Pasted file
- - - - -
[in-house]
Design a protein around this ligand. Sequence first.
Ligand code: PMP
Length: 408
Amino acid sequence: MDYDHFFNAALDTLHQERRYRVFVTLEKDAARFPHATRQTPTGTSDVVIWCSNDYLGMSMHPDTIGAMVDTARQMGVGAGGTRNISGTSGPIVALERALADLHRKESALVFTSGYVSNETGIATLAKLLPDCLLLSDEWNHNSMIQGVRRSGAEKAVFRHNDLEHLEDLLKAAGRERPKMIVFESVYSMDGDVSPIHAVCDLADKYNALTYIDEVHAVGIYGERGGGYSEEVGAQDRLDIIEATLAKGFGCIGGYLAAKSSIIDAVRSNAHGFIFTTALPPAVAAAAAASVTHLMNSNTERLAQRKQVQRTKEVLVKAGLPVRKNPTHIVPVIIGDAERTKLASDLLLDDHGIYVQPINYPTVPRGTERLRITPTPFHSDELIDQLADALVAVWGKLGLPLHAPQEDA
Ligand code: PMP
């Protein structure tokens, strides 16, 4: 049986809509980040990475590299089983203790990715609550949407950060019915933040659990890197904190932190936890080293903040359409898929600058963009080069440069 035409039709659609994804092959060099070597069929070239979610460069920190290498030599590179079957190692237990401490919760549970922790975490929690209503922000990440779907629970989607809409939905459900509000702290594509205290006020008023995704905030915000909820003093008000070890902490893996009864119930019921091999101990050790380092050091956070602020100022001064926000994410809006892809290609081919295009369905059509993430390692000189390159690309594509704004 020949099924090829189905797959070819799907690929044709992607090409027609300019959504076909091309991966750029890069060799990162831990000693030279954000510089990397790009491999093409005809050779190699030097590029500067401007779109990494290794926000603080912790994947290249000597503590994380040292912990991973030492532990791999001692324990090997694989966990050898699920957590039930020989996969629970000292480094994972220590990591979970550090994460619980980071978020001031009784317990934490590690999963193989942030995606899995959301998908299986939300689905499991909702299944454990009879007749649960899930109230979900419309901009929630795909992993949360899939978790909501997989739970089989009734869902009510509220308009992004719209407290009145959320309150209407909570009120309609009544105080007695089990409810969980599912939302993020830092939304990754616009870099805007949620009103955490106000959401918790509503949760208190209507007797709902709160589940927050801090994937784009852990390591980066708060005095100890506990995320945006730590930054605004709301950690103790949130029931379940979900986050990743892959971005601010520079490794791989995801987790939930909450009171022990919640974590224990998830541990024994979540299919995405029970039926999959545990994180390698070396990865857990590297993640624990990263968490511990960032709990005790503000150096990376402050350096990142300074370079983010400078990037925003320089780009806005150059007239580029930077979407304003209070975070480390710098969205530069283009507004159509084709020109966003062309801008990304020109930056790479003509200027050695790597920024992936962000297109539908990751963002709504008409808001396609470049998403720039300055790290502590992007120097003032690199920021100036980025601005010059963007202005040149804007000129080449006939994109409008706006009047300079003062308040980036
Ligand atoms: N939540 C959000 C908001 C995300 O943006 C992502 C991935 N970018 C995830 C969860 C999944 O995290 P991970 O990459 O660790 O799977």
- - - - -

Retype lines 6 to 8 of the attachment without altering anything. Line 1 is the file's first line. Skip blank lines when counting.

Ligand code: PMP
């Protein structure tokens, strides 16, 4: 049986809509980040990475590299089983203790990715609550949407950060019915933040659990890197904190932190936890080293903040359409898929600058963009080069440069 035409039709659609994804092959060099070597069929070239979610460069920190290498030599590179079957190692237990401490919760549970922790975490929690209503922000990440779907629970989607809409939905459900509000702290594509205290006020008023995704905030915000909820003093008000070890902490893996009864119930019921091999101990050790380092050091956070602020100022001064926000994410809006892809290609081919295009369905059509993430390692000189390159690309594509704004 020949099924090829189905797959070819799907690929044709992607090409027609300019959504076909091309991966750029890069060799990162831990000693030279954000510089990397790009491999093409005809050779190699030097590029500067401007779109990494290794926000603080912790994947290249000597503590994380040292912990991973030492532990791999001692324990090997694989966990050898699920957590039930020989996969629970000292480094994972220590990591979970550090994460619980980071978020001031009784317990934490590690999963193989942030995606899995959301998908299986939300689905499991909702299944454990009879007749649960899930109230979900419309901009929630795909992993949360899939978790909501997989739970089989009734869902009510509220308009992004719209407290009145959320309150209407909570009120309609009544105080007695089990409810969980599912939302993020830092939304990754616009870099805007949620009103955490106000959401918790509503949760208190209507007797709902709160589940927050801090994937784009852990390591980066708060005095100890506990995320945006730590930054605004709301950690103790949130029931379940979900986050990743892959971005601010520079490794791989995801987790939930909450009171022990919640974590224990998830541990024994979540299919995405029970039926999959545990994180390698070396990865857990590297993640624990990263968490511990960032709990005790503000150096990376402050350096990142300074370079983010400078990037925003320089780009806005150059007239580029930077979407304003209070975070480390710098969205530069283009507004159509084709020109966003062309801008990304020109930056790479003509200027050695790597920024992936962000297109539908990751963002709504008409808001396609470049998403720039300055790290502590992007120097003032690199920021100036980025601005010059963007202005040149804007000129080449006939994109409008706006009047300079003062308040980036
Ligand atoms: N939540 C959000 C908001 C995300 O943006 C992502 C991935 N970018 C995830 C969860 C999944 O995290 P991970 O990459 O660790 O799977």